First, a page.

The Supreme Court has held in a judgment that children cannot be mechanically subjected to DNA tests in each and every case between warring parents as a short-cut to establish proof of infidelity.
“Genetic information is personal and intimate,” a Bench of Justices V. Ramasubramanian and B.V. Nagarathna observed in a judgment. “It sheds light on a person’s very essence... The information goes to the very heart of who she or he is,” the judgment added, emphasising that “a child’s genetic information is part of his fundamental right to privacy.”
“Children have the right not to have their legitimacy questioned frivolously before a court of law. This is an essential attribute of the right to privacy. Courts are therefore required to acknowledge that children are not to be regarded like material objects, and be subjected to forensic/DNA testing, particularly when they are not parties to the divorce proceeding. It is imperative that children do not become the focal point of the battle between spouses,” Justice Nagarathna, who authored the judgment, underscored.
Justice Nagarathna drew attention to the rights of privacy, autonomy and identity recognised under the United Nations’ Convention on the Rights of the Child. “The Convention acknowledges the control that individuals, including children, have over their own personal boundaries and the means by which they define who they are in relation to other people. Children are not to be deprived of this entitlement to influence and understand their sense of self simply by virtue of being children,” Justice Nagarathna wrote.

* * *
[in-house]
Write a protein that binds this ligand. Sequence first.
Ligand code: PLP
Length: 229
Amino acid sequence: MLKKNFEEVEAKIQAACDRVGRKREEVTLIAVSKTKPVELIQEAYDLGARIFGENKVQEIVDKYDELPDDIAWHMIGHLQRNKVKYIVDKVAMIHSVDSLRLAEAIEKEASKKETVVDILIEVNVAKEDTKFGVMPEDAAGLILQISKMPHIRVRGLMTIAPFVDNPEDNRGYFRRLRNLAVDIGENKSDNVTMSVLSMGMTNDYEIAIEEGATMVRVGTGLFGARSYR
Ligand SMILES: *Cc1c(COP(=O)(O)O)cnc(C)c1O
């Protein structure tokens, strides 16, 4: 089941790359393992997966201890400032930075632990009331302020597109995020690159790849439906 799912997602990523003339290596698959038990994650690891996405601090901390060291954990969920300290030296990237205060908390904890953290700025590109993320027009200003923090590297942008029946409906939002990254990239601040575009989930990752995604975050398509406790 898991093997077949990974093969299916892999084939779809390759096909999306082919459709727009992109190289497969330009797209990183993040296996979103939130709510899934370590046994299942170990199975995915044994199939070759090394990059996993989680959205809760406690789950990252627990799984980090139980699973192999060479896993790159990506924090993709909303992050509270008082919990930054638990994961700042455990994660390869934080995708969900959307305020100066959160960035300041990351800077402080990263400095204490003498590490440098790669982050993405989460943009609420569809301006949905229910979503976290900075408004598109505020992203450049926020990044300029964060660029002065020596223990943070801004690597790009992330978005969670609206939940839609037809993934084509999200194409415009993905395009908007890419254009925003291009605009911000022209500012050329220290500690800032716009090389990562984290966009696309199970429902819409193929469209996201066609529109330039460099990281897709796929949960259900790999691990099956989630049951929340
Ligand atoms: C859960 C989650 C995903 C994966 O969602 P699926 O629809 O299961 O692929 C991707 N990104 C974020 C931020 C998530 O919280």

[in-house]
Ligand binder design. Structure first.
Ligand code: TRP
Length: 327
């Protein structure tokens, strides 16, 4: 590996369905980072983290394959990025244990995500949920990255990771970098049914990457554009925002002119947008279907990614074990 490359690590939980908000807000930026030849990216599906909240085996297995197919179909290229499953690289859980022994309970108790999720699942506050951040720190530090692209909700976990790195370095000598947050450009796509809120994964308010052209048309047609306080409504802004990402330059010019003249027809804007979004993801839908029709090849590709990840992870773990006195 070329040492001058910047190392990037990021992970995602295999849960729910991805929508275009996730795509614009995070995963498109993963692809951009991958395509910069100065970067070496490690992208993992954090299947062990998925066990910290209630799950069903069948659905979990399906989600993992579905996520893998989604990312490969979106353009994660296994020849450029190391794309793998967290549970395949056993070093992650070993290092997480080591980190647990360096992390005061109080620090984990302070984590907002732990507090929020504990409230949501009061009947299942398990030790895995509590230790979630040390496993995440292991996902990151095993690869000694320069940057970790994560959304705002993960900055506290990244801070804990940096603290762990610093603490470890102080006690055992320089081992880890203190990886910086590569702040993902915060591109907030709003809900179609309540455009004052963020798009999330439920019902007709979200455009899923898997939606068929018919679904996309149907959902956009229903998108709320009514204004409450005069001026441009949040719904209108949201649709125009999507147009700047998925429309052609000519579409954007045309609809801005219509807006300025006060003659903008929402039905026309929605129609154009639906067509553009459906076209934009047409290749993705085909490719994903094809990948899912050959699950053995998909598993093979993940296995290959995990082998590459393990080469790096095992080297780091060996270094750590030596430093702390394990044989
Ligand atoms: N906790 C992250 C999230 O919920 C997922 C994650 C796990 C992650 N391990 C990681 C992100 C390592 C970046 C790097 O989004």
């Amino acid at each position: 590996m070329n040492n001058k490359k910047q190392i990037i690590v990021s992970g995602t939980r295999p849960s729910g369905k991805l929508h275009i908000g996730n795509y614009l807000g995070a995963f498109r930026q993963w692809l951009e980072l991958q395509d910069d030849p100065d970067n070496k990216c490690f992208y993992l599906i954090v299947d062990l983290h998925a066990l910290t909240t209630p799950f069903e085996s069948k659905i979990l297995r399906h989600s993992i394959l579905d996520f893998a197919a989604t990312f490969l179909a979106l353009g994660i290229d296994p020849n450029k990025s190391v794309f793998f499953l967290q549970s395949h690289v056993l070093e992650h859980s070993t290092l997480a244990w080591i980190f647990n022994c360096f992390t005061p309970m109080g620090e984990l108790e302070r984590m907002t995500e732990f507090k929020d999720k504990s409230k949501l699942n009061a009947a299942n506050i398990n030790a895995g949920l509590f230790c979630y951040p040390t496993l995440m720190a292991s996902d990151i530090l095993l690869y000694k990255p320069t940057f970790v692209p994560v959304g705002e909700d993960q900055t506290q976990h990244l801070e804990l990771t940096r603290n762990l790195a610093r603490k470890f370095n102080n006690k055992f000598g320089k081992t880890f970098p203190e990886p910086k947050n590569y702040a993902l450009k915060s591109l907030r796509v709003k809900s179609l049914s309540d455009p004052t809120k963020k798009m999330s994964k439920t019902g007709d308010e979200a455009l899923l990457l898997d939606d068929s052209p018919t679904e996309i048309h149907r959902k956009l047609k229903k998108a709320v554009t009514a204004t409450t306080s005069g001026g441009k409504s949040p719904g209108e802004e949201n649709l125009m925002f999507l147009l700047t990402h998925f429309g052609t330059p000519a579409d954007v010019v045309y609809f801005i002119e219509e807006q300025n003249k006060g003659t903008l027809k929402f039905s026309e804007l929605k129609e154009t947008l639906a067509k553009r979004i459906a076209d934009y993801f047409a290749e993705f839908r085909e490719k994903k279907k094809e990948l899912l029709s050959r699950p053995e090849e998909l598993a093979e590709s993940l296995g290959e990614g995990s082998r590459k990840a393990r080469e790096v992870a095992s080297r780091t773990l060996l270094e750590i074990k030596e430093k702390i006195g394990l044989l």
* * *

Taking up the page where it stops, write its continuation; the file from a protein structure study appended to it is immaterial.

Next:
The judgment said that “a child should not be lost in its search for paternity”, pointing out that details of parentage are an attribute of a child’s identity. The court highlighted the psychological trauma that a child would be forced to suffer if his or her legitimacy was put under a cloud through DNA tests.
“The plight of a child whose paternity and thus his legitimacy, is questioned would sink into a vortex of confusion which can be confounded if courts are not cautious and responsible enough to exercise discretion in a most judicious and cautious manner… Not knowing who one’s father is creates a mental trauma in a child,” Justice Nagarathna observed.
‘Last resort only’
Besides, mechanical orders allowing DNA tests would also harm the reputation and dignity of the mother, the court added.
Family courts should direct for a DNA test only in expedient situations and in the interest of justice, as a last resort, said the judgment.
The judgment came in a petition filed by a man who questioned his second child’s paternity while accusing his wife of an adulterous relationship. The apex court concluded on the facts of the case that no adverse inference could be drawn on the ground that the mother declined to subject the child to a paternity test.